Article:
A couple spring surgeries have, will cause four players to miss spring ball entirely, Kevin Claxton, Bradie Ewing, Daven Jones, and Tyler Westphal. All those guys have had surgeries that will miss the entire length of spring ball. Two players have had surgeries with a chance to return. Maurice Moore probably has the slightest chance to return, but Jay Valai had surgery almost seven weeks ago. We expect him to be back on the early part of next week, hopefully, if everything goes through with where we expect it to be at the end of the week. And then gone from the program, four guys, James Stallons, Jasper Grimes, Ricky Garner, and Elijah Hodge have opted to move on in a different direction.
And then also Matt Fischer came to me about two weeks ago. He just received a scholarship offer to pursue a degree that he really wanted to, I believe, at Cornell. So he has left the program as well. And then there's one other player that's currently suspended from the program, and his status will be determined by basically how he handles things, Mario Goins, and how he handles things over the next couple months will determine where he is in the future.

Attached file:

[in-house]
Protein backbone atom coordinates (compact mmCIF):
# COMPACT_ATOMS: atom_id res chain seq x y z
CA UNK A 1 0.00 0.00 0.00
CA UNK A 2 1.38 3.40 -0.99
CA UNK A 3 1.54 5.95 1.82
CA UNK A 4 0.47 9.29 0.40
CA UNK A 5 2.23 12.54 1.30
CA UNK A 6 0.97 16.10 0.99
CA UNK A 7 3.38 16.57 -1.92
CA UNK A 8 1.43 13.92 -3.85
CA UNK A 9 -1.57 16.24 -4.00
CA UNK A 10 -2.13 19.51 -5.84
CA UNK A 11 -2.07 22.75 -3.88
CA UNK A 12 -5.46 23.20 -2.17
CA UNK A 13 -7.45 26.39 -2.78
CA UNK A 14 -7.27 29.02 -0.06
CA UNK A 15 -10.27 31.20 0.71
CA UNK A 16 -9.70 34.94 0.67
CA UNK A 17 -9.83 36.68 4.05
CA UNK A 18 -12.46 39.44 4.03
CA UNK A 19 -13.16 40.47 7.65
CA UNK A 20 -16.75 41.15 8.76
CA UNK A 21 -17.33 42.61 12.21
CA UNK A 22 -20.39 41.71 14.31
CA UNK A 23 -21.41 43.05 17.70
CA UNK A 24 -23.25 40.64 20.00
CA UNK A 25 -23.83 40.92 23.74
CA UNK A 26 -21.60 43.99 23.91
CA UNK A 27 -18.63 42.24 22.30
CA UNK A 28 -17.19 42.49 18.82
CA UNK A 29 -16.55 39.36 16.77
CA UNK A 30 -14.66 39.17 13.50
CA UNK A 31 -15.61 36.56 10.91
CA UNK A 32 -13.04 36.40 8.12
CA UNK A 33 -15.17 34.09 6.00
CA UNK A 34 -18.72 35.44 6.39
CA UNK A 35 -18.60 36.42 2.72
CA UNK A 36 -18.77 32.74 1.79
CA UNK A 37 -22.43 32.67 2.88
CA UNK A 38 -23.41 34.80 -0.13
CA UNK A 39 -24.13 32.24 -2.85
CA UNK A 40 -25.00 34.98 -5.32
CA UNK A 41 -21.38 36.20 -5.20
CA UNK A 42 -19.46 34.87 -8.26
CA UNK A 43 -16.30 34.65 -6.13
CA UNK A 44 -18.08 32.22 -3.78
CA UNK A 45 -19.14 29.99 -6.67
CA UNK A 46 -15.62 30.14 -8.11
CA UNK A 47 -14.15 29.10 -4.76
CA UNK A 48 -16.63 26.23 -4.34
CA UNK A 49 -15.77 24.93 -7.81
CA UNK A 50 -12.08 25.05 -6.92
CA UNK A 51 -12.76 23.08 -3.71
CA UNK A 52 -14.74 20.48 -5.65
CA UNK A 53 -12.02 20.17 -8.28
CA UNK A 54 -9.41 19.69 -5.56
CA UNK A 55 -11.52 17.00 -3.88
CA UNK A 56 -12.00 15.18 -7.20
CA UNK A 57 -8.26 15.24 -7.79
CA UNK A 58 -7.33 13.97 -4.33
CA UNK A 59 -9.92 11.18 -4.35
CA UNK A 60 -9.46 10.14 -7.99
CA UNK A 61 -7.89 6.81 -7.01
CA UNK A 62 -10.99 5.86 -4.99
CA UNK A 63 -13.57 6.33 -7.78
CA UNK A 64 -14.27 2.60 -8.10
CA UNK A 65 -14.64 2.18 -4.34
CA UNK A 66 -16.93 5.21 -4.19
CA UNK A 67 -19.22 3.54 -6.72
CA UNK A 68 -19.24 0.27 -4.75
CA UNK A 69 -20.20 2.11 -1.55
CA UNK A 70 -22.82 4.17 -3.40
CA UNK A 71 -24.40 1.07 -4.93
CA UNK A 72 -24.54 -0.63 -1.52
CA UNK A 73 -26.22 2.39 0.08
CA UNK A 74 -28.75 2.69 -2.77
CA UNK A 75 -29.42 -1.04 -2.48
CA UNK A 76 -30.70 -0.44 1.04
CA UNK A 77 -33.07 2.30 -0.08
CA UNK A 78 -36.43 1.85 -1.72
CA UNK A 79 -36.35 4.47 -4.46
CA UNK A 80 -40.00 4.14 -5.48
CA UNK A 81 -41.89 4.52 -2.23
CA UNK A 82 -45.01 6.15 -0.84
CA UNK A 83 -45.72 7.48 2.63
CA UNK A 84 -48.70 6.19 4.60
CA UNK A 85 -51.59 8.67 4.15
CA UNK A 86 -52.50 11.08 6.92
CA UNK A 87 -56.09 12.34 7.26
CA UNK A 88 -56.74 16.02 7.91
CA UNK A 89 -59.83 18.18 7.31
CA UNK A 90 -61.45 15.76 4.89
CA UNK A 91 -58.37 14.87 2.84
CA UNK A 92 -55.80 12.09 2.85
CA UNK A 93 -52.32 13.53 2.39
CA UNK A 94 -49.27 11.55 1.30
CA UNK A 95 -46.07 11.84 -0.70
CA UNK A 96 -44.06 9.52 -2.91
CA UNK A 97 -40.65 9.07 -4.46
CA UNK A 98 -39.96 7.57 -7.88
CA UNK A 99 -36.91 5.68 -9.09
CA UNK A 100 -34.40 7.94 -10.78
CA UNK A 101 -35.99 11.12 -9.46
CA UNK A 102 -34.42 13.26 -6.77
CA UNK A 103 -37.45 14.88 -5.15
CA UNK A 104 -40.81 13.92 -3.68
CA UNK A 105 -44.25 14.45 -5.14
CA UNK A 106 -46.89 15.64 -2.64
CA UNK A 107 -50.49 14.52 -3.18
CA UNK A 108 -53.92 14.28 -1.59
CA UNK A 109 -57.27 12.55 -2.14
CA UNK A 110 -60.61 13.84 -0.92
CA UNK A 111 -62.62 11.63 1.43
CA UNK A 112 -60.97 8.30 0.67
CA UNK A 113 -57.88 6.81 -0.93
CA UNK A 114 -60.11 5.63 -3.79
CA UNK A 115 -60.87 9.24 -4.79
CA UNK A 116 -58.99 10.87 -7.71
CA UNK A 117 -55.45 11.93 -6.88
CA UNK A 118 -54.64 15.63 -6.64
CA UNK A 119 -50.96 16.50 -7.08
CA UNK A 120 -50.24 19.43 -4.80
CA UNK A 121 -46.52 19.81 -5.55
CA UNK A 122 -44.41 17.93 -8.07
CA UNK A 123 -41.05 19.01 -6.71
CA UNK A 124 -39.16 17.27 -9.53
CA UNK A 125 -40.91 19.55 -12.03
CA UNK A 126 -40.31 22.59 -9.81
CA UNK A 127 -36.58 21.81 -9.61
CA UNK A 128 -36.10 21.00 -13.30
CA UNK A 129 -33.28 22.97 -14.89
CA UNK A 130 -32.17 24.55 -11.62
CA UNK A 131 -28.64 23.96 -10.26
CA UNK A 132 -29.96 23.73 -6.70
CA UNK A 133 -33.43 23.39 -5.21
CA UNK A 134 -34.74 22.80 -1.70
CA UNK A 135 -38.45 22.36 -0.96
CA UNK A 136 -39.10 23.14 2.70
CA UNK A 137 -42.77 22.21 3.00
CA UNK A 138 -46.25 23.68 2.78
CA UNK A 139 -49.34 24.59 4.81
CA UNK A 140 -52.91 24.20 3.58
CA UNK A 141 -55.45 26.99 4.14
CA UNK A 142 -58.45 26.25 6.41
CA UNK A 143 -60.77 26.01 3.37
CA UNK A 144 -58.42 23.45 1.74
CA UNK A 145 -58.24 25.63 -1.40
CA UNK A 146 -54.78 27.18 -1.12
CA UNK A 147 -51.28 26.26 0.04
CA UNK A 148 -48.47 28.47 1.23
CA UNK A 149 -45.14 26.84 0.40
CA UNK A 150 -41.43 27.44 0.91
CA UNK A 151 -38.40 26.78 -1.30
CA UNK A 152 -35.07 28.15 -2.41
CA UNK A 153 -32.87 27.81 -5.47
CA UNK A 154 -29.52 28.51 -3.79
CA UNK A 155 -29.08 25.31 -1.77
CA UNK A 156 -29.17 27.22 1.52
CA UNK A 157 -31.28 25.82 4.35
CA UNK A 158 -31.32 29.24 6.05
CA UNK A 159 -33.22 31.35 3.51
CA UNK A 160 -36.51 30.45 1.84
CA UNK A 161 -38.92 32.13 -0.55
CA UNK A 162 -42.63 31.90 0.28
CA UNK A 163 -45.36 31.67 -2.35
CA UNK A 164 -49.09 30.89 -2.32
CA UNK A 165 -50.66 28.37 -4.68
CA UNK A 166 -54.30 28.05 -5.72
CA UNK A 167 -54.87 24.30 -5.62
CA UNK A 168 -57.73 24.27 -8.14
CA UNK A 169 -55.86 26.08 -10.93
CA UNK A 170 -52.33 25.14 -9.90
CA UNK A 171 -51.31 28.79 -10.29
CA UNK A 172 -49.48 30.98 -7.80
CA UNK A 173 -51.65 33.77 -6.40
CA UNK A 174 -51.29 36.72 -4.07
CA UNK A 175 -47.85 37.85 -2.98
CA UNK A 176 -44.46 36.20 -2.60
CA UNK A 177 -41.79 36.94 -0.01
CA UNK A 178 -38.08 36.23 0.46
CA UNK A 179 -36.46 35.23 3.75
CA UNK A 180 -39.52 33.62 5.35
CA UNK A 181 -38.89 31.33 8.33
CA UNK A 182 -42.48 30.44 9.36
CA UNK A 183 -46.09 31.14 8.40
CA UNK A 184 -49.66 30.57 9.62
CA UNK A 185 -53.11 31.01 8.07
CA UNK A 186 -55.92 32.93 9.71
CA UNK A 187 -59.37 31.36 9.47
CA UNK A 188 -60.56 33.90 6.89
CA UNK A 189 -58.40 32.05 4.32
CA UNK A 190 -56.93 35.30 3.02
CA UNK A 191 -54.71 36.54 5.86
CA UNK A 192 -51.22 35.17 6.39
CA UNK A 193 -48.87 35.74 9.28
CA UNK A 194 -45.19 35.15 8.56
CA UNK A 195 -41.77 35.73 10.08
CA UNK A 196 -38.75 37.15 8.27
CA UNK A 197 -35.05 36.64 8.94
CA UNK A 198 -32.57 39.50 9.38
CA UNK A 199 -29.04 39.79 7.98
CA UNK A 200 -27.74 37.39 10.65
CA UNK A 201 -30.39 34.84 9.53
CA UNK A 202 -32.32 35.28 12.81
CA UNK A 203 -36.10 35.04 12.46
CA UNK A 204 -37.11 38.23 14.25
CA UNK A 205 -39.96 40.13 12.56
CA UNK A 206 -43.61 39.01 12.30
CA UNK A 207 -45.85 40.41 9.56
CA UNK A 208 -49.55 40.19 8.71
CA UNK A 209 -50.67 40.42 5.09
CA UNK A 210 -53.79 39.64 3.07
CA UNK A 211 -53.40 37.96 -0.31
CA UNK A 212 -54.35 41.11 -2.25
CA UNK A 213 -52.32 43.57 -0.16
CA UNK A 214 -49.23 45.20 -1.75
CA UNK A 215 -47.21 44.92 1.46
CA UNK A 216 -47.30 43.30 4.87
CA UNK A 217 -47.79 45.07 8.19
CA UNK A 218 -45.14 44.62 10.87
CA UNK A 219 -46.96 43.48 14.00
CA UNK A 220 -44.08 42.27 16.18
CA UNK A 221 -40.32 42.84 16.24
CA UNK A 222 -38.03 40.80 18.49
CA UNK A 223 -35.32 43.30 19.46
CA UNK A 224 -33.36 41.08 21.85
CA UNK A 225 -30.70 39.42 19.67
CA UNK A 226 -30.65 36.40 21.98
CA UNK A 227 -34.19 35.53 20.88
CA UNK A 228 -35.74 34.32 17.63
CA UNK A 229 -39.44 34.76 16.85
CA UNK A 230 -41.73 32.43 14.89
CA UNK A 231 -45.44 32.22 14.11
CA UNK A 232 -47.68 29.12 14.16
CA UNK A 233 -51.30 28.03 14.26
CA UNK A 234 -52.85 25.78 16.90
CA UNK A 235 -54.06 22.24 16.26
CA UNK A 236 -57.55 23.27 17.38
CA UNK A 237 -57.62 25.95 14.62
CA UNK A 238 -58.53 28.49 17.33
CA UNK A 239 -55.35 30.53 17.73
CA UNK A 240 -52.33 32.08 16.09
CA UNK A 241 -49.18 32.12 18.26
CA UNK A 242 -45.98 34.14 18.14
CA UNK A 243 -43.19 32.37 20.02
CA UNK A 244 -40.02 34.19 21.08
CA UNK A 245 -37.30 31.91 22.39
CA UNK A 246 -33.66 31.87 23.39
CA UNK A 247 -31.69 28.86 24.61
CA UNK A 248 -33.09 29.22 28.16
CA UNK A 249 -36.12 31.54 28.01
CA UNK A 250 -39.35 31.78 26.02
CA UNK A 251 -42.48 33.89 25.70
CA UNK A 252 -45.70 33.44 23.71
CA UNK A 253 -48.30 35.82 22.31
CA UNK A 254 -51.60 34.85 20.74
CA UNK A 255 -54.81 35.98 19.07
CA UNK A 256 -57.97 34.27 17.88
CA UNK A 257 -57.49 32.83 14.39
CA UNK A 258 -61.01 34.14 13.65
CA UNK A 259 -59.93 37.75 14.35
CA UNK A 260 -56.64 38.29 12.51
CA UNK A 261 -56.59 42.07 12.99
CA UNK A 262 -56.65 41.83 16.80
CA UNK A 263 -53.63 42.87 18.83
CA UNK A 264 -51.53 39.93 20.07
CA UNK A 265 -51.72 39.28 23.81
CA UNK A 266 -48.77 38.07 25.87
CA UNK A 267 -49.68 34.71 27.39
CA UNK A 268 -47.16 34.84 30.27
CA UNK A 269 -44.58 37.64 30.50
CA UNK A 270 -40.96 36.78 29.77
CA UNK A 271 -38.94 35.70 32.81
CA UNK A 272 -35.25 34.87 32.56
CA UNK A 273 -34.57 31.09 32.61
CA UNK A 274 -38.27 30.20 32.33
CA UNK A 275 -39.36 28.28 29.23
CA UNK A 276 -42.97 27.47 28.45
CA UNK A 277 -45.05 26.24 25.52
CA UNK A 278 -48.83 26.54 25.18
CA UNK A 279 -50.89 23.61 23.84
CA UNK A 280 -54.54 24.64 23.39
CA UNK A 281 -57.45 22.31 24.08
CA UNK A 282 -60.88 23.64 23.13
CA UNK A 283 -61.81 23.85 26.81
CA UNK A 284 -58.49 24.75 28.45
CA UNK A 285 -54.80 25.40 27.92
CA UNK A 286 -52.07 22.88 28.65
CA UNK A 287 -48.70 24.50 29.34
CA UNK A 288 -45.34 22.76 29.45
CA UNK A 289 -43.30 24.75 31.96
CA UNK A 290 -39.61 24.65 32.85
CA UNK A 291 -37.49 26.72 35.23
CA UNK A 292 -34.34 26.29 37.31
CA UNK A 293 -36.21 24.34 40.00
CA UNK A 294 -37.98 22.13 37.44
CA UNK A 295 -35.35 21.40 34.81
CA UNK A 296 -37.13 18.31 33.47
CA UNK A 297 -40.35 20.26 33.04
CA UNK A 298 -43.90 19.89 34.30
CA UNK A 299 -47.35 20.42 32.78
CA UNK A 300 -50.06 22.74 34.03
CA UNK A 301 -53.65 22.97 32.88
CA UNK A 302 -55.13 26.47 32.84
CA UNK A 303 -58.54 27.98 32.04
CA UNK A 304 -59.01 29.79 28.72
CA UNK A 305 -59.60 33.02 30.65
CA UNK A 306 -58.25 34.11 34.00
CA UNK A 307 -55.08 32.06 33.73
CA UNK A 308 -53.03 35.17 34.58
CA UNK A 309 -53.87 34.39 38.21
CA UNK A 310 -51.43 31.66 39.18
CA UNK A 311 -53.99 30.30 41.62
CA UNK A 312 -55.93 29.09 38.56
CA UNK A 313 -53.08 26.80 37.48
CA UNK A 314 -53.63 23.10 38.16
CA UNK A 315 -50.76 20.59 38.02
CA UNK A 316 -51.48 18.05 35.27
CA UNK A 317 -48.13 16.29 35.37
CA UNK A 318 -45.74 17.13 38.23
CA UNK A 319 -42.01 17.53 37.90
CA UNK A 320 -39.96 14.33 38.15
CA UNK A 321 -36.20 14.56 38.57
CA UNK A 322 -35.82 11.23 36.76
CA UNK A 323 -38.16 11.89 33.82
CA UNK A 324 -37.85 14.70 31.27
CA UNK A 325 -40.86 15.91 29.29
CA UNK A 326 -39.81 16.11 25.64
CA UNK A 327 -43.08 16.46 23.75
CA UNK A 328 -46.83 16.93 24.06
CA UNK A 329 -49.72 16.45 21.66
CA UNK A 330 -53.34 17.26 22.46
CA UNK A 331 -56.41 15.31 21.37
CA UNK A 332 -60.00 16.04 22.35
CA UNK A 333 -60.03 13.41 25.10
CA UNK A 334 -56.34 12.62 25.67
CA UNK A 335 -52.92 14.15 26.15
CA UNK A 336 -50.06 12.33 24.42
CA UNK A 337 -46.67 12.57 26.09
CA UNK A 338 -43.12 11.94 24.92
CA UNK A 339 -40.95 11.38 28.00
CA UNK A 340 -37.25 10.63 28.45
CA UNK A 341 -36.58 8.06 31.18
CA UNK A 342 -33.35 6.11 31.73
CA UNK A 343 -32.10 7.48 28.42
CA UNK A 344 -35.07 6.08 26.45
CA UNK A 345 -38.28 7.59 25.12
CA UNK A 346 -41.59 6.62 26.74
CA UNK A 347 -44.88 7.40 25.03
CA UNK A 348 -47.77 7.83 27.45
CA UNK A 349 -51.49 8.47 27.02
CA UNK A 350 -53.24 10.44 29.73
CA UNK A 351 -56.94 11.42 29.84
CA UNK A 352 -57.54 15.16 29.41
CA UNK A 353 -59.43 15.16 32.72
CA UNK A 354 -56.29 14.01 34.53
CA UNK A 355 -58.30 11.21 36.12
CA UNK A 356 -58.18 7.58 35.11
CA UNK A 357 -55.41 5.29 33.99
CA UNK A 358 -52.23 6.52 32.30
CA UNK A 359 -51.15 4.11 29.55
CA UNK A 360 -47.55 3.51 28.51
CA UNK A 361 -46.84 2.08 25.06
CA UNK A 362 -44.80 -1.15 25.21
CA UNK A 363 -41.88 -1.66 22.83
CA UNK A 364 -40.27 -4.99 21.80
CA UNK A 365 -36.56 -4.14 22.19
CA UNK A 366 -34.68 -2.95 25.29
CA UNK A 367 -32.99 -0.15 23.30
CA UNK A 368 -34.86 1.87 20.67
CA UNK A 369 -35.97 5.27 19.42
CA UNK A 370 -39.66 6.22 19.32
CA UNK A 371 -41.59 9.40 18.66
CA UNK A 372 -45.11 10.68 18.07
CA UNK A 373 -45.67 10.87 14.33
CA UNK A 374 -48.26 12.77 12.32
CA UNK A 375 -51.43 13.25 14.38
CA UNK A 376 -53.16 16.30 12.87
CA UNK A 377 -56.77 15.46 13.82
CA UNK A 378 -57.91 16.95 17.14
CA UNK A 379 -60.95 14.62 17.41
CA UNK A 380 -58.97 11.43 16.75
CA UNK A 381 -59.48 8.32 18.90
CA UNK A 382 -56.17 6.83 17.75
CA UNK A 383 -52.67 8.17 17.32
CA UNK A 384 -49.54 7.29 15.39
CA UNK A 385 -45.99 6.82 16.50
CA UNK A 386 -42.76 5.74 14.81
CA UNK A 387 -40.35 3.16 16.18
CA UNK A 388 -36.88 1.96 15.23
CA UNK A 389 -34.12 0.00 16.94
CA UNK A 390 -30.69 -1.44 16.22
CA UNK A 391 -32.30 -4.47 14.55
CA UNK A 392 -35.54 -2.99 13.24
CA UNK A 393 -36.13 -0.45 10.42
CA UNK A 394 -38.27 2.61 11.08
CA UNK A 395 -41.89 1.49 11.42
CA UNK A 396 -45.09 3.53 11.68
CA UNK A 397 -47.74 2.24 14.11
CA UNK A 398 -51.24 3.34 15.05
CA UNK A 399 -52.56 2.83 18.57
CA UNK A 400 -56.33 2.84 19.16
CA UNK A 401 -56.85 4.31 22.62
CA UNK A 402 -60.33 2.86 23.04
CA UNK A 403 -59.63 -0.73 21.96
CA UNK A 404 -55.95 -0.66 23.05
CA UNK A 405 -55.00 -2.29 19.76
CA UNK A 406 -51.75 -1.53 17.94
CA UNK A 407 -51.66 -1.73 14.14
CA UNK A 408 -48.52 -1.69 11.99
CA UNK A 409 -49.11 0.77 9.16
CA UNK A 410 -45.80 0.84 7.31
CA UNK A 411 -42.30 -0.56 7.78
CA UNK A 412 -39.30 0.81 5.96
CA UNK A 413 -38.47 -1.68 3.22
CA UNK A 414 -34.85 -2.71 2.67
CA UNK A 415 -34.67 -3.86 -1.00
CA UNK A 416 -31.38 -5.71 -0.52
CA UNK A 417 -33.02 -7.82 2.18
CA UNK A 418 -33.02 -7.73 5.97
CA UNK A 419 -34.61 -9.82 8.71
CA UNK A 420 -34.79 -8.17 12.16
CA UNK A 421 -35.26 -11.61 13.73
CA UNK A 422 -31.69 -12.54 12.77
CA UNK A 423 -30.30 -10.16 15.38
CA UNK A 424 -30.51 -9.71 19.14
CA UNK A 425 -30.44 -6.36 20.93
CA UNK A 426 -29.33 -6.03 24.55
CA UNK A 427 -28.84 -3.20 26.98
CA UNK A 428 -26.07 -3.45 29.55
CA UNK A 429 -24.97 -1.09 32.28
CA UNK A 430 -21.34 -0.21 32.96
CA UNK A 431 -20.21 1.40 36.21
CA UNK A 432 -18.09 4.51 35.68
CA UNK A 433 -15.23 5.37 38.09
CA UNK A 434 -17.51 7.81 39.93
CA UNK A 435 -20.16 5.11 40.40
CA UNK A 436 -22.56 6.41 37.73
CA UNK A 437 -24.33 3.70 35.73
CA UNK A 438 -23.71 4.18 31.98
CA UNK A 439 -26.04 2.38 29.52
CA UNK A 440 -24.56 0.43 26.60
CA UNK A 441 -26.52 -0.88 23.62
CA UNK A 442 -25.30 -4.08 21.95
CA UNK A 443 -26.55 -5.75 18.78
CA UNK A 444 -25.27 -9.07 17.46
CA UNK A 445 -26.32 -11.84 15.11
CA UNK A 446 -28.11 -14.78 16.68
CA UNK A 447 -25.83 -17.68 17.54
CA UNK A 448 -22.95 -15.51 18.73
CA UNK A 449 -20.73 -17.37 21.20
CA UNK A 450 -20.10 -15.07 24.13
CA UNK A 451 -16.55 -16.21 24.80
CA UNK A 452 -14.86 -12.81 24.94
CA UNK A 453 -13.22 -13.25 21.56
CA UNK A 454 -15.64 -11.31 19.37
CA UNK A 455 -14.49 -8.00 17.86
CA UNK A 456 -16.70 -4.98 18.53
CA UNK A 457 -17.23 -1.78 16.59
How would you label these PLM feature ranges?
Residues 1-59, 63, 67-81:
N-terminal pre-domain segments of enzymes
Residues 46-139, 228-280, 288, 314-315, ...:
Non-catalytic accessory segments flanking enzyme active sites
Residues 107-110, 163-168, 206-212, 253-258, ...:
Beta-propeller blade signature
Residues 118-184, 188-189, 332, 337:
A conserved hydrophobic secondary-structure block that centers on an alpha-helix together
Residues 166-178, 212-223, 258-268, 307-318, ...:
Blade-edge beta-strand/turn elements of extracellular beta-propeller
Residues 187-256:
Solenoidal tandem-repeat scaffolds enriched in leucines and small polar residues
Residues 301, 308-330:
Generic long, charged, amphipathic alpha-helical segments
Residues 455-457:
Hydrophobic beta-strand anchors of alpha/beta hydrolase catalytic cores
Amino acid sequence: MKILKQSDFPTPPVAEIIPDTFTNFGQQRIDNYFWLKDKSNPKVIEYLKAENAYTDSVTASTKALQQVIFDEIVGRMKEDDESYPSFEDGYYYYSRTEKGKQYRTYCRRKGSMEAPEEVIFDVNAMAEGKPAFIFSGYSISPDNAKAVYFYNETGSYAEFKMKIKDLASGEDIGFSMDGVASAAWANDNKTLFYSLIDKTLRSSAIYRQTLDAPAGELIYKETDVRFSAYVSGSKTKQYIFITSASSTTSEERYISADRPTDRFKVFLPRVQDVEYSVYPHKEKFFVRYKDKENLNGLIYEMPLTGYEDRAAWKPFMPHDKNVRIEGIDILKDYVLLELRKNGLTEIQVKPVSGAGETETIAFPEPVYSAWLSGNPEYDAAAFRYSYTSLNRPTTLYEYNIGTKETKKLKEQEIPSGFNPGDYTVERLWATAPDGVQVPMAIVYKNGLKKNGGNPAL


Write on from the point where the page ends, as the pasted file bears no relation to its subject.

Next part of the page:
So with that, you know, it's probably one of the most exciting times as coaches because you see these guys work out individually, try to go through different drills, and they compete, and have certain weight gains and do certain things, but bottom line, it comes to how you play the game of football. So we have a lot of competition out there, all positions. I know you're going to focus in on a few here in a couple minutes when I give you a chance to ask questions, but really, from offensively and defensively and special teams, it's wide open, and I think our guys know that and understand that and are excited about where they're at. We're going to focus on the basics and fundamentals of football and have a chance to move forward.